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Translations of take

Frank C.C1Kwiziq Q&A regular contributor

Translations of take

In the first sentence, "...if you ended up alone on a desert island, and (that) you could only take one thing with you..." the french verb prendre is not accepted for take.  Yet in the third sentence,  "OK, if I had to take one thing I can't do without...", prendre is in fact usedfor take.  The context seems the same in both sentences.  Should not prendre be acceptable in the first sentence as well ?

Asked 1 year ago
Chris W.C1 Kwiziq Q&A super contributor Correct answer

The best fit for "to bring with you" is emporter in this case. Strictly speaking, emmener is bad style because it is only used for animate objects (people, animals). You could say prendre avec but that's not good style either.

Prendre, although also translated as "to take" in English, is a different kind of taking. It means "to take" in a figurative sense as in "taking a shower", "taking a coffee", etc. In this context it means more like "to have": to have a shower, to have a coffee, etc. It doesn't mean taking something with you. For that you'd always use emmener/emporter or amener/apporter.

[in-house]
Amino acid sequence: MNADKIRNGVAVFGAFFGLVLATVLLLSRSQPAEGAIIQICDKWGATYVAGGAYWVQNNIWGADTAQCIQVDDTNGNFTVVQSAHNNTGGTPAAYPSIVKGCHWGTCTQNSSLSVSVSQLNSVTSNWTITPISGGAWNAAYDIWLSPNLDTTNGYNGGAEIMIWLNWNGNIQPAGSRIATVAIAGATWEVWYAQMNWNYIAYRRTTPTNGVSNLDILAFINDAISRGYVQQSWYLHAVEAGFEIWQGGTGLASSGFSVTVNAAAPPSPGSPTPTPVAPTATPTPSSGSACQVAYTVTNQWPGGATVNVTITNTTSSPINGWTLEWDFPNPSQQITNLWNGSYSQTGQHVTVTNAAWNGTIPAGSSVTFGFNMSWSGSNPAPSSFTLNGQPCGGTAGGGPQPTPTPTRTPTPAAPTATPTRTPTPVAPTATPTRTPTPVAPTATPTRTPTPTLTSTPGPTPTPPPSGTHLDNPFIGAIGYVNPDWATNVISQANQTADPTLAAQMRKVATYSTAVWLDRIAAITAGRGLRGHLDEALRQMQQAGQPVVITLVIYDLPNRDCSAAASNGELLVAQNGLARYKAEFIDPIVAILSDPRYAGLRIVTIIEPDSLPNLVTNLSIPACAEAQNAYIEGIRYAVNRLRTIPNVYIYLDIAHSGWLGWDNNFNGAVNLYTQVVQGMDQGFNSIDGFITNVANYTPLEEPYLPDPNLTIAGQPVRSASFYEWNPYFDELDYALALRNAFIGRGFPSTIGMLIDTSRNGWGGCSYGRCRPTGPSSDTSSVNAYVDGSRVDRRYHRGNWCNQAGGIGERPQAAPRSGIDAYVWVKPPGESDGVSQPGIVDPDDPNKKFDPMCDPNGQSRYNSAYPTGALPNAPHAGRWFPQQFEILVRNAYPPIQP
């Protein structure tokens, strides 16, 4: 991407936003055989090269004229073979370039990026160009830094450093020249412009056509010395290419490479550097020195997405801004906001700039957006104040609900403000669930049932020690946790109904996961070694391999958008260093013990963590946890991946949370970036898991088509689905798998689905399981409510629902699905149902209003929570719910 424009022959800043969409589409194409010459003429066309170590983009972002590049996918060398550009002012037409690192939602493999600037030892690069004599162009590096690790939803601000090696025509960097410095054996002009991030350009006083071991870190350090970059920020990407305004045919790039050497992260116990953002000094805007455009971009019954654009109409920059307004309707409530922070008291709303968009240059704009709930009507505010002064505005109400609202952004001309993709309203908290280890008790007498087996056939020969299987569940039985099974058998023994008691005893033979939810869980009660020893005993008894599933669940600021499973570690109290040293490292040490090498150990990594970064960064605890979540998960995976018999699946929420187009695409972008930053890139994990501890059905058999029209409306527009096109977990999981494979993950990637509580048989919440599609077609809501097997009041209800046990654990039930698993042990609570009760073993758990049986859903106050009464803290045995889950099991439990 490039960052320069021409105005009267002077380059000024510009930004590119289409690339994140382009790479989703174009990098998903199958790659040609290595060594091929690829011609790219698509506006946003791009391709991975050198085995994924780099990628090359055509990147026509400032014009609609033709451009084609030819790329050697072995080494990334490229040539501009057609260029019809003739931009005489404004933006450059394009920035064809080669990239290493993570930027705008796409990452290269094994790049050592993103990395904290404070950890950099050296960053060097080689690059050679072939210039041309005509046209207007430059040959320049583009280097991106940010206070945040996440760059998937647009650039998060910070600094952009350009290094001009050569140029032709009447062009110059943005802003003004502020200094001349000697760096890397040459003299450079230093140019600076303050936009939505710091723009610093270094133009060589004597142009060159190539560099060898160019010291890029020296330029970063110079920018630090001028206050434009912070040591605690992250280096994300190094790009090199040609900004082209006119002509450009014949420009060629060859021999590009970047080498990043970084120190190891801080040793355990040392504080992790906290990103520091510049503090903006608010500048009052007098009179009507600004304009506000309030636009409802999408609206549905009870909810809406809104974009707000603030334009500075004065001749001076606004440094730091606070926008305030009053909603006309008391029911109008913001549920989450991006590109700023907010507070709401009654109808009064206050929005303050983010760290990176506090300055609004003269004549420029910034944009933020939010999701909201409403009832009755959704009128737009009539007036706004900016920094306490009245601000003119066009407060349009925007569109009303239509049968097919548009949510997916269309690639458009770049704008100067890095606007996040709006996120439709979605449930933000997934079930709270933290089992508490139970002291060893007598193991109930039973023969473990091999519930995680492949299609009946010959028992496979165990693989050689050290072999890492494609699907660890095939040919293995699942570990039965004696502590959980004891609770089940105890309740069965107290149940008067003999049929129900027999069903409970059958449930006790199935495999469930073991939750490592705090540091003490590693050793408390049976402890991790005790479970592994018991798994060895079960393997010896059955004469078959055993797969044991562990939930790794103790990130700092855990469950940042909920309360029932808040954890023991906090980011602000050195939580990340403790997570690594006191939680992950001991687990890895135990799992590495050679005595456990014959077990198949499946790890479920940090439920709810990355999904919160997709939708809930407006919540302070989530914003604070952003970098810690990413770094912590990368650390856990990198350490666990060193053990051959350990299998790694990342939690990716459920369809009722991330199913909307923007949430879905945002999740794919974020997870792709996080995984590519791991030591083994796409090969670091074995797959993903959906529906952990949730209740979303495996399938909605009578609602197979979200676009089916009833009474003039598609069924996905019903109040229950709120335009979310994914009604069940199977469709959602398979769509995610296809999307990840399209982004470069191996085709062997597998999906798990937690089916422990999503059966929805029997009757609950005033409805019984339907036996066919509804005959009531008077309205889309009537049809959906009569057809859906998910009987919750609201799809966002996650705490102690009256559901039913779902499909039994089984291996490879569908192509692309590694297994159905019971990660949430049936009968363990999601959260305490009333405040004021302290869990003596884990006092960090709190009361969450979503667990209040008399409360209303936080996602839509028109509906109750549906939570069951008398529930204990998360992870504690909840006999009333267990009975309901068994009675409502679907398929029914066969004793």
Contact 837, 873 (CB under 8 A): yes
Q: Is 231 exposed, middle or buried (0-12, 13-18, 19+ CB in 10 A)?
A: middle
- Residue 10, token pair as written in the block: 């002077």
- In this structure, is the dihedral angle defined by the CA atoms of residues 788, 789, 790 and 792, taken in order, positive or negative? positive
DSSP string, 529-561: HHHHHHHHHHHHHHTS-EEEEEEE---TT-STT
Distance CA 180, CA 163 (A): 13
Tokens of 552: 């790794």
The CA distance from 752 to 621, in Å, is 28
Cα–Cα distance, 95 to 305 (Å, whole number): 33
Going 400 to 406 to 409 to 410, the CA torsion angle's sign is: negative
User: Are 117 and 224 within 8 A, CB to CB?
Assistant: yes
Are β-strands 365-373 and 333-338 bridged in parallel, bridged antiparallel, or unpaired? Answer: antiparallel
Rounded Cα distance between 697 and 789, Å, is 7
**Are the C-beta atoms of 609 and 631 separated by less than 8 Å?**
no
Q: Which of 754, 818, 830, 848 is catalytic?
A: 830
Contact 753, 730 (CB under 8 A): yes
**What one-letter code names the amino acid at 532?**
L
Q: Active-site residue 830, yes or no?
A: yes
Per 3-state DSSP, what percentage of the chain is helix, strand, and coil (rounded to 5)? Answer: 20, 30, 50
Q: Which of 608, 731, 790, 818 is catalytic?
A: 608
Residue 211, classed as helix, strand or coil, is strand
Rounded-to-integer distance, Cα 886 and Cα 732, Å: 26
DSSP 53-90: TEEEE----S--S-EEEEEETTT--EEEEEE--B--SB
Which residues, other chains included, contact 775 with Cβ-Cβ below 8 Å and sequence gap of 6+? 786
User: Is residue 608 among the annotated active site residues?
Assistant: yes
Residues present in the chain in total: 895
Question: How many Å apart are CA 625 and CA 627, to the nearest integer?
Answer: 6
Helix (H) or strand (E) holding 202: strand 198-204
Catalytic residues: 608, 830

Translations of take

In the first sentence, "...if you ended up alone on a desert island, and (that) you could only take one thing with you..." the french verb prendre is not accepted for take.  Yet in the third sentence,  "OK, if I had to take one thing I can't do without...", prendre is in fact usedfor take.  The context seems the same in both sentences.  Should not prendre be acceptable in the first sentence as well ?

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